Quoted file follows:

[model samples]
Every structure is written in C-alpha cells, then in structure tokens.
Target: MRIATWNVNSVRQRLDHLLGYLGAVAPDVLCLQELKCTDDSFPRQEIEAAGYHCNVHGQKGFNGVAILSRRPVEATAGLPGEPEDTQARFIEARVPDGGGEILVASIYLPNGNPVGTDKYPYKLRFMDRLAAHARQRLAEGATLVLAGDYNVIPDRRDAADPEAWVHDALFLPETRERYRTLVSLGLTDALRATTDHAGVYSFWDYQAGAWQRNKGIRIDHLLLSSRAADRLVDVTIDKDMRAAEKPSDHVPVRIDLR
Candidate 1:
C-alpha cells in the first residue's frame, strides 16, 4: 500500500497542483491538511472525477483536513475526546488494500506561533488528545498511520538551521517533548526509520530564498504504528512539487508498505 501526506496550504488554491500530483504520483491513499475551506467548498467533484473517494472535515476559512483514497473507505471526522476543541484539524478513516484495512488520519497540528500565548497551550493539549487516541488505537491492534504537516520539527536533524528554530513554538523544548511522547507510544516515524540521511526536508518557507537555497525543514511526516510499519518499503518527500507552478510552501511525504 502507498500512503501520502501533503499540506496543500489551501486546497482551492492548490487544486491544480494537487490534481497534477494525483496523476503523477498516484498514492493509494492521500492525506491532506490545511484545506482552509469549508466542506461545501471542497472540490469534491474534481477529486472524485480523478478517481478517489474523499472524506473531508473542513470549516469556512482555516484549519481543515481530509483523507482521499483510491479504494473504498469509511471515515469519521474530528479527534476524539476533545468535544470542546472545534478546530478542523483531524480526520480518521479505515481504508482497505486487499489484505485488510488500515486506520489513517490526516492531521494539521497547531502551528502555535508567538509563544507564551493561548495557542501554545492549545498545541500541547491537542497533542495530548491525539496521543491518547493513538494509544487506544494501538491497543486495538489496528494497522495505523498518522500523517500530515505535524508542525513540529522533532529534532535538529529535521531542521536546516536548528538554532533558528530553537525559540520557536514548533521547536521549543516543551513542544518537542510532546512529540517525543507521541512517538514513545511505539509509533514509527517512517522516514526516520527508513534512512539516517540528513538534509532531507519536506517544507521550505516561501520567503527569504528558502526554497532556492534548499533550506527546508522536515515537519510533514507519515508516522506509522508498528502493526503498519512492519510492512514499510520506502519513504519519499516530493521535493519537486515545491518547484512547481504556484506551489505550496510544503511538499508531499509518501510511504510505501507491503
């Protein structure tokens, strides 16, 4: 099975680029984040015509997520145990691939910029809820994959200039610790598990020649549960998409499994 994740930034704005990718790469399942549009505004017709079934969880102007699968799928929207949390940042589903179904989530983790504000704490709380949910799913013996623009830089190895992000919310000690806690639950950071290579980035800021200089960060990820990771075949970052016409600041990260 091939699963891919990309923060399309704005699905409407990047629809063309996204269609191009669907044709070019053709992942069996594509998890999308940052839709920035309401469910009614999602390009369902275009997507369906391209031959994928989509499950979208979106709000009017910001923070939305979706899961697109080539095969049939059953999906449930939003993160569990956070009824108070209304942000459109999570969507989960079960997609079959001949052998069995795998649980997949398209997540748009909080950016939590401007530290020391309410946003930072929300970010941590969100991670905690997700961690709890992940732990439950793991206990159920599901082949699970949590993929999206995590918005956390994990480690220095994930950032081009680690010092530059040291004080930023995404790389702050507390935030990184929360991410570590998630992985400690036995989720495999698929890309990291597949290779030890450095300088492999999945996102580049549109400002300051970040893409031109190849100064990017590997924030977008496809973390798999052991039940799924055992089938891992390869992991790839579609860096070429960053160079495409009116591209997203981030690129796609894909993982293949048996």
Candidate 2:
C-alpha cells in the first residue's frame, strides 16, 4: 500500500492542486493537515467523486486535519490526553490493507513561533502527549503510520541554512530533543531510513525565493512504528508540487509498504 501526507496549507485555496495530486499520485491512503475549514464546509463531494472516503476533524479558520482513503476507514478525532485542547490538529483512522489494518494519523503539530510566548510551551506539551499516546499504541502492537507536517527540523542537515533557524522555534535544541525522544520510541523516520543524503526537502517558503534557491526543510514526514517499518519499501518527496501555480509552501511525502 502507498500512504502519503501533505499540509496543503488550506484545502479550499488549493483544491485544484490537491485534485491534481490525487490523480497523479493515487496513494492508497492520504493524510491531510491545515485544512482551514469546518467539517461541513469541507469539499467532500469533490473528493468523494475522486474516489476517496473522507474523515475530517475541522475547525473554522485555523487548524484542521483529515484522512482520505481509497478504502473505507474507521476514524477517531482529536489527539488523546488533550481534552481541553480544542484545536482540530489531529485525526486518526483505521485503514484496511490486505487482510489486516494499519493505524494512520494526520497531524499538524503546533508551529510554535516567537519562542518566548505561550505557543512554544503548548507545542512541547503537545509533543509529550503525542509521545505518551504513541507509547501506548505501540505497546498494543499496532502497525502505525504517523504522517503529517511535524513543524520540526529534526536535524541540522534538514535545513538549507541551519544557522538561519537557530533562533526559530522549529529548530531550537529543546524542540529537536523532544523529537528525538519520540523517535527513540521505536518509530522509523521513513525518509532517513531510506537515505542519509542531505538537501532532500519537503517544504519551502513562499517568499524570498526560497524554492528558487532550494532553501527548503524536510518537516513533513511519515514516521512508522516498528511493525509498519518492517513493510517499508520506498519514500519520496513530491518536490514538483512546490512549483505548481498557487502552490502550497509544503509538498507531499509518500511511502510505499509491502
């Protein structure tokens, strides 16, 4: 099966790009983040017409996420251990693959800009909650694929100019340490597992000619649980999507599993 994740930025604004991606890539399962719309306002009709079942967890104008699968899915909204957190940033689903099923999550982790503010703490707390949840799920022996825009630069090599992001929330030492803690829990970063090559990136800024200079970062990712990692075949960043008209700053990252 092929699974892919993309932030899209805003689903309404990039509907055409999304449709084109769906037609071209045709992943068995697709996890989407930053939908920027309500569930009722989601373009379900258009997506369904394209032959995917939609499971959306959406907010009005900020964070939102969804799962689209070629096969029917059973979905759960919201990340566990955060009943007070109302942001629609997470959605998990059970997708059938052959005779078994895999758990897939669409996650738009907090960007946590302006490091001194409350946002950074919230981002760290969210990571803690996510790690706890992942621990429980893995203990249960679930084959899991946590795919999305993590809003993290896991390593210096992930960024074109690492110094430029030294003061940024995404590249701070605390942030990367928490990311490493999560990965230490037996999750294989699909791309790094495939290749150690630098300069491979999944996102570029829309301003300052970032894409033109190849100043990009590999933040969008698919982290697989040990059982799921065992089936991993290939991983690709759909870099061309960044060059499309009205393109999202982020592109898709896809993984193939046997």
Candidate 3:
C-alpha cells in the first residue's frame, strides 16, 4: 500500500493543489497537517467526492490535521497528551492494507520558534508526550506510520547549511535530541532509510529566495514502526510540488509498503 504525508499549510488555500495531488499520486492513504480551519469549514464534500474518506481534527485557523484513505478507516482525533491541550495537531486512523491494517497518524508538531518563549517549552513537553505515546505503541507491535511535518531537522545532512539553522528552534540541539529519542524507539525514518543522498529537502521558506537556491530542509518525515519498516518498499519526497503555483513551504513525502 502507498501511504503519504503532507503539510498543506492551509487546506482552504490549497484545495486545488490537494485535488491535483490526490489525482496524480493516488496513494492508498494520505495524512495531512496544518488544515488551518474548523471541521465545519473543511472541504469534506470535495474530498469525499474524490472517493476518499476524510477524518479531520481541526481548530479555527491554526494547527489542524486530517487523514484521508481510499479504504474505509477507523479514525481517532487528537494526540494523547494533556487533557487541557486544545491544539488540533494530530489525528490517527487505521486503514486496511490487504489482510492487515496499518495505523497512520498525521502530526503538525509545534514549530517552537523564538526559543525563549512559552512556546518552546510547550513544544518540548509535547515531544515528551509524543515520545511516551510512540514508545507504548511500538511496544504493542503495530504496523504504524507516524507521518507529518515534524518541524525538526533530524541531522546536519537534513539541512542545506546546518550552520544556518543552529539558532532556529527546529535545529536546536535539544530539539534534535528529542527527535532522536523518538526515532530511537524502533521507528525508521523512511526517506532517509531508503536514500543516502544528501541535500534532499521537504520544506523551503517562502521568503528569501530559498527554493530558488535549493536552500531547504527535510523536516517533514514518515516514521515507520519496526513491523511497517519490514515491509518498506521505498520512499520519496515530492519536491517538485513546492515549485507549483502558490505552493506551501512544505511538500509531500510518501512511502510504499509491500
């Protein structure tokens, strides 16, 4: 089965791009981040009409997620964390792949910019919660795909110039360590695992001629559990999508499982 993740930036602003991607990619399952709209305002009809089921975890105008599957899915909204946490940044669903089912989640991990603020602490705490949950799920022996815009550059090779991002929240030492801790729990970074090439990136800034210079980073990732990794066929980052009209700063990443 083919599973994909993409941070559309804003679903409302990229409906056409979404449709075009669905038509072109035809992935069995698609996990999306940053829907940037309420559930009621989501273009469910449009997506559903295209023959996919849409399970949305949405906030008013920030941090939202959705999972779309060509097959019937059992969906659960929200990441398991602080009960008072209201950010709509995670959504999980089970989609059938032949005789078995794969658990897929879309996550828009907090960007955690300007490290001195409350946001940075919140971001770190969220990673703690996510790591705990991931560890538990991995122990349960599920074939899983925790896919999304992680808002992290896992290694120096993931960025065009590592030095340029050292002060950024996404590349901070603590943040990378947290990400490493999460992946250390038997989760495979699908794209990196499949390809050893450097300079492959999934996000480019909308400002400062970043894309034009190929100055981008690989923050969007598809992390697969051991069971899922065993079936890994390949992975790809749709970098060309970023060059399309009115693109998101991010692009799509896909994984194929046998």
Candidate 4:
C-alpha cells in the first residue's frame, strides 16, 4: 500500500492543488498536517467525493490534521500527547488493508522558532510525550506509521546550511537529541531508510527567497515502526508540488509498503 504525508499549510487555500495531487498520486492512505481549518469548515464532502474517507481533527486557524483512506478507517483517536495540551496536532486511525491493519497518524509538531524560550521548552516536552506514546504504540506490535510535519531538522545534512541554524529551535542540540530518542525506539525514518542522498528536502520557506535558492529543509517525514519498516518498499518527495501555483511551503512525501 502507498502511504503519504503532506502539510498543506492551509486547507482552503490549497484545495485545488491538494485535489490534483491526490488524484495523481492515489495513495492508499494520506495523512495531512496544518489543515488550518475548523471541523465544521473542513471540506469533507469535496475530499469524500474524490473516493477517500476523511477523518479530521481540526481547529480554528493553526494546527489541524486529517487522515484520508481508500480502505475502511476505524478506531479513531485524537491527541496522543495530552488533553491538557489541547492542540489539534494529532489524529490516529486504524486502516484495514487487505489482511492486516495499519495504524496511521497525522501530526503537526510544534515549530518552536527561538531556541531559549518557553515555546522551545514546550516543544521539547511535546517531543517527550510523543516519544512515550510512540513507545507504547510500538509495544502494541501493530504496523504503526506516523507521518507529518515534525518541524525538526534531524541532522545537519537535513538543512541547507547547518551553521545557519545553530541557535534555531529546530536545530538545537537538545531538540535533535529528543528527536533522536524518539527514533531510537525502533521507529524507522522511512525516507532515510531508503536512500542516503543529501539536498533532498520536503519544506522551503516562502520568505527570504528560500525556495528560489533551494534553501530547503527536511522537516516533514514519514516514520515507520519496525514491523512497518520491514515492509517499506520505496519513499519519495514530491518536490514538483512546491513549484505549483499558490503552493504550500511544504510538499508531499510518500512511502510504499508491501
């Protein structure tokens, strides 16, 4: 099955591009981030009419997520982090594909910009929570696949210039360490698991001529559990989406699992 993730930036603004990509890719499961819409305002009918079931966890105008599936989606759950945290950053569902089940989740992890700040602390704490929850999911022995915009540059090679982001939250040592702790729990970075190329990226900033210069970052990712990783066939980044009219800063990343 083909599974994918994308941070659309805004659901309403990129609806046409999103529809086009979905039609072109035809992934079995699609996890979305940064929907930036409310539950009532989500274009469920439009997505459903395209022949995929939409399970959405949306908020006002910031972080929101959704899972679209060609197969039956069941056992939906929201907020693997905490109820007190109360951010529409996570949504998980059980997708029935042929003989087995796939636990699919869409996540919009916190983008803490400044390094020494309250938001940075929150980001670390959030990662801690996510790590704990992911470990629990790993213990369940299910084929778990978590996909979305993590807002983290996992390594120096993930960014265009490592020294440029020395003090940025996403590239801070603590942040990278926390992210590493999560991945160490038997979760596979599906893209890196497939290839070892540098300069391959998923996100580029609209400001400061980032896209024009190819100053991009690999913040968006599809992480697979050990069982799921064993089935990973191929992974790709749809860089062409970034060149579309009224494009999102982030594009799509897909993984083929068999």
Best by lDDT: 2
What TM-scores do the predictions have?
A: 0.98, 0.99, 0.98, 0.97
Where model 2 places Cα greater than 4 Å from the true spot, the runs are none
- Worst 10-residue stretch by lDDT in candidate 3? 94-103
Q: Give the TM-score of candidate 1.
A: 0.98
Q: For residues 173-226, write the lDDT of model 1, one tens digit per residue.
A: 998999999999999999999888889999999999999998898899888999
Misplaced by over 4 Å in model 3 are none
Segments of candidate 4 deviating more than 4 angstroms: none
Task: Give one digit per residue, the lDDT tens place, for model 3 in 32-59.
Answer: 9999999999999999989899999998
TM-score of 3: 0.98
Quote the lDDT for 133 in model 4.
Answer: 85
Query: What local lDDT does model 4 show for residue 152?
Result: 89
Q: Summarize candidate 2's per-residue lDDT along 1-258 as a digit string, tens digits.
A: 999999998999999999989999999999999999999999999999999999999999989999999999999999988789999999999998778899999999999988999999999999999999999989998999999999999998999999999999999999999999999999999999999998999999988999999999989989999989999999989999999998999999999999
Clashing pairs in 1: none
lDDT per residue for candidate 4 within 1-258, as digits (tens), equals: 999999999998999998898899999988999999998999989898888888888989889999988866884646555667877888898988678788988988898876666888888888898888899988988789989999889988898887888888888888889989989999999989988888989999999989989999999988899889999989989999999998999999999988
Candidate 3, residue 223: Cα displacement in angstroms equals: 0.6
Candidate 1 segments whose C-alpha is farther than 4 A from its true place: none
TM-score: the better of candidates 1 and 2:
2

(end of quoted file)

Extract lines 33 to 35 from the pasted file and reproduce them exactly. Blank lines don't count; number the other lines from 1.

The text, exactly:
Result: 89
Q: Summarize candidate 2's per-residue lDDT along 1-258 as a digit string, tens digits.
A: 999999998999999999989999999999999999999999999999999999999999989999999999999999988789999999999998778899999999999988999999999999999999999989998999999999999998999999999999999999999999999999999999999998999999988999999999989989999989999999989999999998999999999999